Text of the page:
A year ago Arjen Robben failed to score a penalty as Bayern Munich lost the Champions League final to Chelsea. Last night, the Dutchman redeemed himself with a late goal that gave his team the European soccer title.
Robben’s shot in the 89th minute gave Bayern a 2-1 win over Borussia Dortmund in the all-German final at Wembley Stadium in London.
The victory gives Bayern its fifth title in Europe’s elite club competition and comes after two losses in the past three finals. Bayern was beaten last year in a shootout to Chelsea on its home field, with Robben missing a penalty kick in extra time.
“I’ve dreamed about this moment,” Robben said in a press conference. “I had a good feeling when we got here today, but to actually win the Champions League is unbelievable.”
Bayern’s Mario Mandzukic opened the scoring in the 60th minute and Ilkay Gundogan tied it eight minutes later with a penalty kick.
It was the first time two German clubs met in the final in the competition’s 58-year history. Dortmund won its only Champions League title in 1997.
“I am proud of my team, but at the moment it’s the disappointment that prevails,” Dortmund coach Juergen Klopp said. “If you’re looking forward to something and don’t get it, it hurts.”
The victory keeps Bayern, which routed tournament favorite Barcelona 7-0 in the two-game semifinal, in contention to become the first German team to win three trophies in one season. It won the Bundesliga, finishing 25 points ahead of runner-up Dortmund, and will face Stuttgart in the German Cup final on June 1.
“After we lost the final last year, we didn’t resolve ourselves to our fate,” Bayern coach Jupp Heynckes said. “We upped the ante and tried harder and you see the result. From the outset of the season, we have been improving things, adapting things.”
Bayern’s five titles ties Liverpool for third most, behind Real Madrid’s nine and AC Milan’s seven. Heynckes, who will step down after the season, becomes the fourth manager to win the European Cup with two teams, after guiding Real Madrid to success in 1998.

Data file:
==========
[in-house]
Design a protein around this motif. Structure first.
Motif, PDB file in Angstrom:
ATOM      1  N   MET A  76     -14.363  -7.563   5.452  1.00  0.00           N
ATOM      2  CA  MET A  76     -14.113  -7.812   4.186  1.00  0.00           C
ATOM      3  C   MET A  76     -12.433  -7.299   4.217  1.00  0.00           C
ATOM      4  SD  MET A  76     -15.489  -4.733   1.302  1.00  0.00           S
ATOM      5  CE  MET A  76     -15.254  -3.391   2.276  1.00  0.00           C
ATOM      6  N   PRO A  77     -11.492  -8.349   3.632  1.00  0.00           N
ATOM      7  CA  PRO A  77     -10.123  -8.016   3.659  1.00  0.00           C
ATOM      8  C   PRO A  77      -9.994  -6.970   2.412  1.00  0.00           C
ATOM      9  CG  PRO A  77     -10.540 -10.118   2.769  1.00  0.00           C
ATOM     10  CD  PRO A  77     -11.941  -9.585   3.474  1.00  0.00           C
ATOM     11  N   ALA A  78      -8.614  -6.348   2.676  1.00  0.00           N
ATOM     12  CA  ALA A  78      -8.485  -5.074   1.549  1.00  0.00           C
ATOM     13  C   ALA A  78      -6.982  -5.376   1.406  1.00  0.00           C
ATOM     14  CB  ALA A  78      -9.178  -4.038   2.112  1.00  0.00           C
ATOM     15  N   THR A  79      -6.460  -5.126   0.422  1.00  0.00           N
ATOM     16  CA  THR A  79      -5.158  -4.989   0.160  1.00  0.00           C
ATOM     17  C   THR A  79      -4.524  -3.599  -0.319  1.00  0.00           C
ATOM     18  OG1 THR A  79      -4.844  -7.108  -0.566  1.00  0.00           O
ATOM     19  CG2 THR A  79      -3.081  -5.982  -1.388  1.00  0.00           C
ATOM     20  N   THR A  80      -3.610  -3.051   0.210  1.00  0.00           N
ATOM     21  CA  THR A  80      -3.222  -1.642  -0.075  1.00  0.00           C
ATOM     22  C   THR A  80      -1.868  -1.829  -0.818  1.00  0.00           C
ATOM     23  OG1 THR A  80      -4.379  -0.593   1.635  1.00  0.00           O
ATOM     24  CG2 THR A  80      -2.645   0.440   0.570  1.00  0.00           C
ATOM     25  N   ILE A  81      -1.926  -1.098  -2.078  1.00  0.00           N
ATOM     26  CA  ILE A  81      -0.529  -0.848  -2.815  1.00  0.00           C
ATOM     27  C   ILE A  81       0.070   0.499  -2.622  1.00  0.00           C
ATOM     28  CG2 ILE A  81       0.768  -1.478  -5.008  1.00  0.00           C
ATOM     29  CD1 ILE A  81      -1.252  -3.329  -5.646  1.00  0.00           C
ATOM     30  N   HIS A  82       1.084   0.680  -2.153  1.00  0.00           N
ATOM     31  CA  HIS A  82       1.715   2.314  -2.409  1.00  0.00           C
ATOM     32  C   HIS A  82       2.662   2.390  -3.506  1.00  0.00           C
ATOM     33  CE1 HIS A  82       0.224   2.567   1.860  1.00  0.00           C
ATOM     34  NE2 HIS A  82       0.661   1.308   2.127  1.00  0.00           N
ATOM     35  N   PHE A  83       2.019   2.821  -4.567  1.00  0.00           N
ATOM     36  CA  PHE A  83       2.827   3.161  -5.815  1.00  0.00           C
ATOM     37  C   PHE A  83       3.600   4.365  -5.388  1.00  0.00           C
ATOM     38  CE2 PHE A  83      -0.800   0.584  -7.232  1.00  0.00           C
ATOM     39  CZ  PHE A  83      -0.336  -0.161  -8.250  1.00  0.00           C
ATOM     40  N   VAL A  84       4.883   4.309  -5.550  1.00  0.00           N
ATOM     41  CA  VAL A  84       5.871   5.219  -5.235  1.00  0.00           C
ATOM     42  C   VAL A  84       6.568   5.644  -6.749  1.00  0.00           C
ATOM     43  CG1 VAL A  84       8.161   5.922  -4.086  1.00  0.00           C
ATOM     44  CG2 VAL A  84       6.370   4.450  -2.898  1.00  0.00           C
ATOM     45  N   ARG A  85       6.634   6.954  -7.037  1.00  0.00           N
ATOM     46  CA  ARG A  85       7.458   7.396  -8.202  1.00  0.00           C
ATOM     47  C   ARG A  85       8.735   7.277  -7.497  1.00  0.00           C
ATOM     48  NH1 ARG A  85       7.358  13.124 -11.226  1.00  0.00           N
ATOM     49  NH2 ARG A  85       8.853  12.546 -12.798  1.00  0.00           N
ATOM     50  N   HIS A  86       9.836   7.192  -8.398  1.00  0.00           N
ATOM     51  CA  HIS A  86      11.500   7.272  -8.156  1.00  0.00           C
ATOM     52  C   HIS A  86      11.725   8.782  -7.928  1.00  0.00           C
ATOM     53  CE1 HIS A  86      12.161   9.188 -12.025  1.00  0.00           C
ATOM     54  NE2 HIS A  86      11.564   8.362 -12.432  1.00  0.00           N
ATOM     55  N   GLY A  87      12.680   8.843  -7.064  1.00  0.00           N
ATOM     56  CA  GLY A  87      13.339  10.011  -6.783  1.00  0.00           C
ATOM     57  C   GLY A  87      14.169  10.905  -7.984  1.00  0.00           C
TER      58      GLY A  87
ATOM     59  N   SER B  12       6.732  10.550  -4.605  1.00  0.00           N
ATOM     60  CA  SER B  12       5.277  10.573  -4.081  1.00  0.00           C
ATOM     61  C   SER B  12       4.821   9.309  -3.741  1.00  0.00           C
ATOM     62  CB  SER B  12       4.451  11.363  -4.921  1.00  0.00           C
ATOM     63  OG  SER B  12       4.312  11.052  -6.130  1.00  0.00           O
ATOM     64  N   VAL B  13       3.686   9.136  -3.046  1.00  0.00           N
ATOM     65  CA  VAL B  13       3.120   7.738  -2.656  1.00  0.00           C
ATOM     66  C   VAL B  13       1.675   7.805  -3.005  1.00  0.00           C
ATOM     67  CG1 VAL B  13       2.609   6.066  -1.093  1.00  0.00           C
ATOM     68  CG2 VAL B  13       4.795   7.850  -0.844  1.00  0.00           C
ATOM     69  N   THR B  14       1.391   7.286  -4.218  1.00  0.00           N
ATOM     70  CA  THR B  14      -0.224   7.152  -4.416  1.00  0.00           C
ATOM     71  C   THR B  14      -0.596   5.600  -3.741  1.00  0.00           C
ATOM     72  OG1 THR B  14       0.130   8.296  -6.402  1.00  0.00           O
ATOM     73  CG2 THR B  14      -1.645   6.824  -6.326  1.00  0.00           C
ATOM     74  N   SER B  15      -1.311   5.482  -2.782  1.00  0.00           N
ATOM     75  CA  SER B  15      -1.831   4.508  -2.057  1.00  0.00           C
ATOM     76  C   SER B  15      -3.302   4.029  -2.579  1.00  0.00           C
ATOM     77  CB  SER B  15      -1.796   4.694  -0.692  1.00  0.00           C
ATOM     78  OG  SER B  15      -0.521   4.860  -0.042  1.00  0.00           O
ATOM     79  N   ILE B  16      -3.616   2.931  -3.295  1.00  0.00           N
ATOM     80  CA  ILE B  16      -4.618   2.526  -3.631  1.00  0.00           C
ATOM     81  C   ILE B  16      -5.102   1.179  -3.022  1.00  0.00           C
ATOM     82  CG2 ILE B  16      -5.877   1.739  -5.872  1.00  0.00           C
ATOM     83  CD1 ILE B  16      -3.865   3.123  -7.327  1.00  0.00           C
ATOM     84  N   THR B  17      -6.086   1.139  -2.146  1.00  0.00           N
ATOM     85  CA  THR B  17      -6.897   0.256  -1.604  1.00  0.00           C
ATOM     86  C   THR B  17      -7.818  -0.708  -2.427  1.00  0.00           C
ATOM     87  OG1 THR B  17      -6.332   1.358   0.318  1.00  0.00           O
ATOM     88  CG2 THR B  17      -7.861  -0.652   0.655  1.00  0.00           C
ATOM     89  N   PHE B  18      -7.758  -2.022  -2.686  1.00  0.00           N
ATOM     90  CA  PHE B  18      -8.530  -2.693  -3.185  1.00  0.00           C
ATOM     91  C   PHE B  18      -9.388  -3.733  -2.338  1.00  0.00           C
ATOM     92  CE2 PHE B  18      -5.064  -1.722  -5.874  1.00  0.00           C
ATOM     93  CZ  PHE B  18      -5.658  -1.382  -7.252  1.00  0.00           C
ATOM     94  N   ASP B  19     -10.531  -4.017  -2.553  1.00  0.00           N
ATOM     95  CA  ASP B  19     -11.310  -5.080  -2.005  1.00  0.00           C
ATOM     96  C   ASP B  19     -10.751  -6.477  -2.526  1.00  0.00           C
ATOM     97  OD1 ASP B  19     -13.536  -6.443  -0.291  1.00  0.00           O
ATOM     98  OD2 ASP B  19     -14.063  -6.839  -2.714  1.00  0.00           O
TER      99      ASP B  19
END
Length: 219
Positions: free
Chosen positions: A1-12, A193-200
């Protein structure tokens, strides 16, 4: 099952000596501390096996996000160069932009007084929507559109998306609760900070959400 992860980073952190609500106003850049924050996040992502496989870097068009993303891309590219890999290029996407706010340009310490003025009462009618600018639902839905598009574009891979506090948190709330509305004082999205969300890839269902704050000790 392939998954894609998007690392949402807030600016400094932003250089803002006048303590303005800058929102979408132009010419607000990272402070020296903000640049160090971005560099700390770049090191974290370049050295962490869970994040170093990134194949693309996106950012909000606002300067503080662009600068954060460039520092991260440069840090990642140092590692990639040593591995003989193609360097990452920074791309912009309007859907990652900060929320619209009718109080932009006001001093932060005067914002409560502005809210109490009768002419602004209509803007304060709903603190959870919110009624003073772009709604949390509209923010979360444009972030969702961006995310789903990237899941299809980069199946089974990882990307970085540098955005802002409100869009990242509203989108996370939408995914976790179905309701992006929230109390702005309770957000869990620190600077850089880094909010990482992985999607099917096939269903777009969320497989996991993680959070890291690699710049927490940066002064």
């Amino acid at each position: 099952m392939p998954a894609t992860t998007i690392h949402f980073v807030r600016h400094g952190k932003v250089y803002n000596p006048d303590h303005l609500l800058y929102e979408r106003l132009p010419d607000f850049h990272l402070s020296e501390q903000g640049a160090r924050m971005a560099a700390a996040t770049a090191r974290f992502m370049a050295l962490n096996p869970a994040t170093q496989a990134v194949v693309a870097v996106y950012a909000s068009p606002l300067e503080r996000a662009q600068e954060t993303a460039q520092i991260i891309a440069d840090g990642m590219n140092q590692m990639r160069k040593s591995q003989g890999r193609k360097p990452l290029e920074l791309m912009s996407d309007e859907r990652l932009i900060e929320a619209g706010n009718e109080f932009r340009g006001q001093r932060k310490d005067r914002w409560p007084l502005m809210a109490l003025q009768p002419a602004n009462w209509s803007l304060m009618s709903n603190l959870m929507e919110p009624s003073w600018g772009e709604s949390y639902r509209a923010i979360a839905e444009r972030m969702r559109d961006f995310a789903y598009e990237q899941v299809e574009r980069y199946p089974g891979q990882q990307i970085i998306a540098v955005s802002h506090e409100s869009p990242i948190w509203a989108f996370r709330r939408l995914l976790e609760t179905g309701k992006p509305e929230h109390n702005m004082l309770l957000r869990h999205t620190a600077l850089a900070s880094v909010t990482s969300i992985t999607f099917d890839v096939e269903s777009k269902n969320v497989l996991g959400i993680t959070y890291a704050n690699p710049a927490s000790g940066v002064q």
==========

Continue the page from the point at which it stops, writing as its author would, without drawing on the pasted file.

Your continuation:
Dortmund started on the offensive, forcing Bayern goalkeeper Manuel Neuer into four saves in the first 25 minutes. Bayern didn’t get its first chance until the 26th minute as Mandzukic’s header was tipped over goal by Roman Weidenfeller, with Javi Martinez heading over the resulting corner kick. Weidenfeller then blocked Robben’s shot and Neuer came off his line to stop Robert Lewandowski in the 35th minute.
Robben got free in the Dortmund area moments later but stumbled with his shot being blocked. He then fought off Mats Hummels for a long ball into the middle of the area just before halftime, only to hit Weidenfeller in the face with his shot.
Bayern started the second half on the attack and went in front after Robben took a ball from Franck Ribery and laid a pass for Mandzukic to knock in at the back post.
The lead lasted just eight minutes as Gundogan scored from the penalty spot after Bayer defender Dante fouled Marco Reus. Dortmund broke out on a counter attack moments later, but Hummels sent a shot well over goal.
Bayern had a chance to go back in front as Thomas Mueller broke free on the right, went around Weidenfeller and sent a ball toward the open net which Neven Subotic slid to kick away with Robben positioned at the back post.
After Weidenfeller punched away shots from David Alaba and Bastian Schweinsteiger, Robben latched onto a ball in the area and sent a shot into the net with Weidenfeller closing in on him in the final minute.
Heynckes said he had a feeling Robben would be a factor, based on the winger’s recent form.
“Last year we are all tragic figures, not just Arjen,” Heynckes said. “Yesterday I was talking to him and said, ‘Look Arjen, you’re in really good form and tomorrow that is going to be one of the crucial factors.’”
As for Robben, he can officially put the ghosts of 2012 behind him.
“After all the disappointment of last year, you don’t want the tag of a loser,” he said. “At last we did it and we can forget about the other things now.”